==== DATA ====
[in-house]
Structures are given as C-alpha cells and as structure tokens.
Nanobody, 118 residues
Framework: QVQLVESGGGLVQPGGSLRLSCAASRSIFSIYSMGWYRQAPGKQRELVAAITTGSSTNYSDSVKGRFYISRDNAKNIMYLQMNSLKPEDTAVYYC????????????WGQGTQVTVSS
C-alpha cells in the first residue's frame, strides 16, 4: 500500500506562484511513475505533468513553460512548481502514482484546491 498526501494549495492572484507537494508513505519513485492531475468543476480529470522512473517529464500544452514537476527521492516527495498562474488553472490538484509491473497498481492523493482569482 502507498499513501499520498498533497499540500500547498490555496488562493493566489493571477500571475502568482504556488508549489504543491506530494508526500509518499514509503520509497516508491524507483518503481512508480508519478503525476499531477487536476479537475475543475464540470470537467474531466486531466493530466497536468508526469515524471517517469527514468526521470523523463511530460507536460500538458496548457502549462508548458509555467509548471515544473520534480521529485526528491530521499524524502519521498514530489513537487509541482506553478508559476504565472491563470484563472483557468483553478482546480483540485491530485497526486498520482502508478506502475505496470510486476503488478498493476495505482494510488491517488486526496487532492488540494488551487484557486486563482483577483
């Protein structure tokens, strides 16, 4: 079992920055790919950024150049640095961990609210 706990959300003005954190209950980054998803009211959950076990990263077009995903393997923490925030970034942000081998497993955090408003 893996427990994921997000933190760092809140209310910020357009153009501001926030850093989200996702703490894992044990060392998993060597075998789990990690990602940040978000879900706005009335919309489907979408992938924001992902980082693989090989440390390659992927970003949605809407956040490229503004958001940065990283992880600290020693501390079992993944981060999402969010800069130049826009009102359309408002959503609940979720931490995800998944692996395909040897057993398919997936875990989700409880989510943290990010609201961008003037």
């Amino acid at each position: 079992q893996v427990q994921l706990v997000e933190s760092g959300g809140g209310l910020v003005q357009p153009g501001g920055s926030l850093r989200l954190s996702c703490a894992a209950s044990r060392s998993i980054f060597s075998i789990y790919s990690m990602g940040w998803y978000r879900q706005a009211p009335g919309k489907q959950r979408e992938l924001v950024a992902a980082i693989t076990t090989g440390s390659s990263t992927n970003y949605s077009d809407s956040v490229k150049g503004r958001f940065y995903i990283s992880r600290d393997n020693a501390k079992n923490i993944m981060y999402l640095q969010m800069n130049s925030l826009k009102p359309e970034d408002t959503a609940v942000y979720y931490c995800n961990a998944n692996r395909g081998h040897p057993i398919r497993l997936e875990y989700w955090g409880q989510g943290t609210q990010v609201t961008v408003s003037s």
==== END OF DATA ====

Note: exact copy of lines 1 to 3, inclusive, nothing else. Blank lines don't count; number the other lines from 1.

[in-house]
Structures are given as C-alpha cells and as structure tokens.
Nanobody, 118 residues